A new report has revealed that Pfizer’s new pill is being developed as a potential cure for COVID-19.
A pill that Pfizer developed as a potential cure for COVID-19 could be ready later this year if the trials are successful, a report said.
The Telegraph reported that the antiviral drug, PF-07321332, is designed to attack the “spine” of the SARS-CoV-2 virus to prevent it from replicating in the nose, throat, and lungs.
“We have designed PF-07321332 as a potential oral therapy that could be prescribed at the first sign of infection, without requiring that patients are hospitalized or in critical care,” Mikael Dolsten, who leads the company’s worldwide research, development, and medical division, said in a statement.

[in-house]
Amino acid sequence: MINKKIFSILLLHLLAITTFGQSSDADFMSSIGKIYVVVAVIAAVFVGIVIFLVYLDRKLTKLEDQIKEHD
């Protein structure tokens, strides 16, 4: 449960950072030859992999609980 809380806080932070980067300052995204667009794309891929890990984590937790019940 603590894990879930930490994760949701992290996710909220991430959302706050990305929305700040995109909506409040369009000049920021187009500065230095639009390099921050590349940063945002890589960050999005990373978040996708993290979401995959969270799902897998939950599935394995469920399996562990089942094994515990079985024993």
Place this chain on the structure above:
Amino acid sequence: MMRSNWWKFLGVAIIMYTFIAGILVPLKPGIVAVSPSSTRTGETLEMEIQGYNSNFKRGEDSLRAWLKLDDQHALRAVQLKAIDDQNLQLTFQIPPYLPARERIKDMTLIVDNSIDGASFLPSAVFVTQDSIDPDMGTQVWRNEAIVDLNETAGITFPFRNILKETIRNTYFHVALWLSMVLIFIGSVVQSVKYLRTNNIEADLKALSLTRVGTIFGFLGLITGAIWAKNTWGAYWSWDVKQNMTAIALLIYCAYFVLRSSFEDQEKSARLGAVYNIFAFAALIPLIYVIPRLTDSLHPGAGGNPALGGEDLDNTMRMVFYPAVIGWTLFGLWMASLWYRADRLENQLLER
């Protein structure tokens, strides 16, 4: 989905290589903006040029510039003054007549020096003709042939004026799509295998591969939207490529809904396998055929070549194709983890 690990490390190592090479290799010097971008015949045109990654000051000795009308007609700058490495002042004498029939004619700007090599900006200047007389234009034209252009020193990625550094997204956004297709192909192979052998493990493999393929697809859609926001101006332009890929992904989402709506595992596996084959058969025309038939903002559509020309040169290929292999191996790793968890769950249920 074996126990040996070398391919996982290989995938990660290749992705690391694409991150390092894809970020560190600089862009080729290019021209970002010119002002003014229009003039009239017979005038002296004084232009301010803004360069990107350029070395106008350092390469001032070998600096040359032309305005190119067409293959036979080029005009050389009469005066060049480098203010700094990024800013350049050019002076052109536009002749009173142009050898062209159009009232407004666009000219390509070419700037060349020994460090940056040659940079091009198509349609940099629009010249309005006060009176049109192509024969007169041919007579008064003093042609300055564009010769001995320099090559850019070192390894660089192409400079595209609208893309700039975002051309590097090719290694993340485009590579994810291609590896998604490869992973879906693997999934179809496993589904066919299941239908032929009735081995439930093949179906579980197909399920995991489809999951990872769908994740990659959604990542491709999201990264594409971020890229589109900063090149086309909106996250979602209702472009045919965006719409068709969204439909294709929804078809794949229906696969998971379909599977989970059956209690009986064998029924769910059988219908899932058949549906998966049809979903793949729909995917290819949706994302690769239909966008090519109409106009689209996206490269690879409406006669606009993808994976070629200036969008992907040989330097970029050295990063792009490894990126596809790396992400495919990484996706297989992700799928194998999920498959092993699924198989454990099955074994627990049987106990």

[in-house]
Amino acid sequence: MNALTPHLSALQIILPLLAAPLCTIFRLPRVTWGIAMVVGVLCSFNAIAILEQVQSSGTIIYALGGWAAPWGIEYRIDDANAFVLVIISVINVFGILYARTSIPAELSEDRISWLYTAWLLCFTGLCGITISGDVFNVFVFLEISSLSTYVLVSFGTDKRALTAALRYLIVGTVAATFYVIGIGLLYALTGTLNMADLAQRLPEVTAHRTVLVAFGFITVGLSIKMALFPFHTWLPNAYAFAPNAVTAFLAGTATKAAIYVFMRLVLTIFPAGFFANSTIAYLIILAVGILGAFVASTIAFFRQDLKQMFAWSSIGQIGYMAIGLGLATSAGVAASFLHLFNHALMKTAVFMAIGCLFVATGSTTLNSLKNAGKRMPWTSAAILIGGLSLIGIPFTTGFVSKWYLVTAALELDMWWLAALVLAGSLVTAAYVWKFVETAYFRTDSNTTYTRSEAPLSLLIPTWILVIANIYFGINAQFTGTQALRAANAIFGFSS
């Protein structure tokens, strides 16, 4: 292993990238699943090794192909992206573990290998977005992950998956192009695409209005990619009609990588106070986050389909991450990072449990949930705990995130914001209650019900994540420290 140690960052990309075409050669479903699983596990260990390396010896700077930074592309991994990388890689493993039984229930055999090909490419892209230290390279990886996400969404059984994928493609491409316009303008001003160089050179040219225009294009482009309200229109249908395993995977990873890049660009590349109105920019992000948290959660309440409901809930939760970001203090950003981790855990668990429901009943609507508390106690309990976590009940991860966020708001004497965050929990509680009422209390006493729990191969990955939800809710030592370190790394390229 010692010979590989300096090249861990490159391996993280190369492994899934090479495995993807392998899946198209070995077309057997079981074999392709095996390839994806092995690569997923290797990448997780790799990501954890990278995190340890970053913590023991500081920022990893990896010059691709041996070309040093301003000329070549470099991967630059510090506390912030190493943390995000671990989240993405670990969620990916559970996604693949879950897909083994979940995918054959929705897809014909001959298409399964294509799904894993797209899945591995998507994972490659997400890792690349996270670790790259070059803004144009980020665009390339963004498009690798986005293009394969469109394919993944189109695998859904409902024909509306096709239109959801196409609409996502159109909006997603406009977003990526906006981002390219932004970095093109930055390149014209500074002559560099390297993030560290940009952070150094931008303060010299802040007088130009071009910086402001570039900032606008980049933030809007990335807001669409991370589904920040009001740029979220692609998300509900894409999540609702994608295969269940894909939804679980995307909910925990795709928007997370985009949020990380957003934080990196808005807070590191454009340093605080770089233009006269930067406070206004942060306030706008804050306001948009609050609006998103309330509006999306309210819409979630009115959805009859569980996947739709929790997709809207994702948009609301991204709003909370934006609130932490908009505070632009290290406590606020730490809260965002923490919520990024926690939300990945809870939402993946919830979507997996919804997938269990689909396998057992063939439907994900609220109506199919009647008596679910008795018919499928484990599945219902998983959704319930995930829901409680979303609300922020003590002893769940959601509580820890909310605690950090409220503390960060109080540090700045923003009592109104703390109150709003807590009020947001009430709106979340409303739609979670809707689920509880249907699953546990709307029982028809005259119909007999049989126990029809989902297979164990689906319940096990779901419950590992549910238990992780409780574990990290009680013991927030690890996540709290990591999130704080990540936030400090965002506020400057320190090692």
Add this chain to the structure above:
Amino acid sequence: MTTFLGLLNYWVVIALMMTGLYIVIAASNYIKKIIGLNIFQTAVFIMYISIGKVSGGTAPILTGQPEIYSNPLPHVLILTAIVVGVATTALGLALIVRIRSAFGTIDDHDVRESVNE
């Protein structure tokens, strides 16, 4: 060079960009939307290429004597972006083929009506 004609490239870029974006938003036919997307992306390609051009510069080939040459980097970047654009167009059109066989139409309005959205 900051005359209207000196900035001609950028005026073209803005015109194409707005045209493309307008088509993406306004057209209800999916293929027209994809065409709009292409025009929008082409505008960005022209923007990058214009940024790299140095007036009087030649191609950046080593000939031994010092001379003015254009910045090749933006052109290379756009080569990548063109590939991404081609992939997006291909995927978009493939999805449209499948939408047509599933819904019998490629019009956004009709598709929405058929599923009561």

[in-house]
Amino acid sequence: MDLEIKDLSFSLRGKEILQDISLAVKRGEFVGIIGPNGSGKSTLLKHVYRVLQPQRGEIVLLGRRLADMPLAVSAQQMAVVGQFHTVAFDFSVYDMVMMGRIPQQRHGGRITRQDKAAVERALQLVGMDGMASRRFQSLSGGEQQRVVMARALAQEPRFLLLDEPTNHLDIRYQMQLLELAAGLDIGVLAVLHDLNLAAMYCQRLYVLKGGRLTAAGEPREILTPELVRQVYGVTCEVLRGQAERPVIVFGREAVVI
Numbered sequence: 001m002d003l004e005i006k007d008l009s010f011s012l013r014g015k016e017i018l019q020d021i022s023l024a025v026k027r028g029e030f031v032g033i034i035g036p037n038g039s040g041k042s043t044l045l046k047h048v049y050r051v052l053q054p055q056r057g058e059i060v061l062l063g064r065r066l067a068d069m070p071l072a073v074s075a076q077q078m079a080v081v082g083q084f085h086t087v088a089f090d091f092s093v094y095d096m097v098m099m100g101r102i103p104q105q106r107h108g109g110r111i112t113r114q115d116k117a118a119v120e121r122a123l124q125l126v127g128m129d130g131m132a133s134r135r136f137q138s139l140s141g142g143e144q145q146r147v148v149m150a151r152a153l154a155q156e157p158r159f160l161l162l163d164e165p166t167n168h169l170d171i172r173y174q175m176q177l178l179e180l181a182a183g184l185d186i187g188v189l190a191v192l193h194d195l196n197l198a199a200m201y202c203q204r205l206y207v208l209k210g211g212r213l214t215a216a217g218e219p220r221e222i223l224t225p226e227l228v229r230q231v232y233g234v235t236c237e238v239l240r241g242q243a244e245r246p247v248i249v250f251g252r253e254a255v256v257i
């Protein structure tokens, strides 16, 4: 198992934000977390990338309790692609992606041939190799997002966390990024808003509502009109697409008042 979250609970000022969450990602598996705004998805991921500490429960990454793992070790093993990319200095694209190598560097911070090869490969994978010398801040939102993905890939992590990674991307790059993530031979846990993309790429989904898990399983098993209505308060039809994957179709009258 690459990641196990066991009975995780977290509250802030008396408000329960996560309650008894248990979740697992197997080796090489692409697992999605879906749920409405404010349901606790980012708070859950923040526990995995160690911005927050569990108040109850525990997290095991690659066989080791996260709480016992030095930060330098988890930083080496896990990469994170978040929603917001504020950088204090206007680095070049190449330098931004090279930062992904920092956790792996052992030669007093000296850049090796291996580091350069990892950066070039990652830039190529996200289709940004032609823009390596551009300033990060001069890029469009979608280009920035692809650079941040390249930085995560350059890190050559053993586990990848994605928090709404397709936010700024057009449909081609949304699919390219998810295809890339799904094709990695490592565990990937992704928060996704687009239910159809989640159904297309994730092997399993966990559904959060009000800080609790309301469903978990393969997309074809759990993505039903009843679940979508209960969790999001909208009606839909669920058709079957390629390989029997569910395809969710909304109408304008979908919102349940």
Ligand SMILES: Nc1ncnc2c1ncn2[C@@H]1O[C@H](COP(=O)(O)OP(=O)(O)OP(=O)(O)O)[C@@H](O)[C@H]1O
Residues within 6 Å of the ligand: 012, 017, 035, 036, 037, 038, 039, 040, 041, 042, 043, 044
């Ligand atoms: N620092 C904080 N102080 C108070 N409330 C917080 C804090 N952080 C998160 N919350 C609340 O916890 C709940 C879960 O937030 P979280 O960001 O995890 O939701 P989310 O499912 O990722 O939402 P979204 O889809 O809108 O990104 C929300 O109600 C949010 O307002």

Trials are already underway with volunteers between 18 and 60 in the US and Brussels, the newspaper reported. “If they have moved to this stage, they will be quietly optimistic,” Dr. Penny Ward, a visiting professor in pharmaceutical medicine at King’s College London, told the Telegraph.
The drug company said the first phase of the trial is designed to look at how the drug is tolerated, in addition to “significant side effects, and how people feel after taking it,” according to documents obtained by the newspaper.
The second phase will study how participants react to multiple doses, while the third will look at the impact of eating while on the drug, the outlet reported.
The newspaper reported that more trials would be needed to determine how the drug works with people infected with COVID-19.
If the results of the trials are promising, the oral medication could be available later this year, the outlet reported.
Pfizer and its partner BioNTech have already developed a COVID-19 vaccine that is more than 95 percent effective.
This article originally appeared in the New York Post and was republished with permission.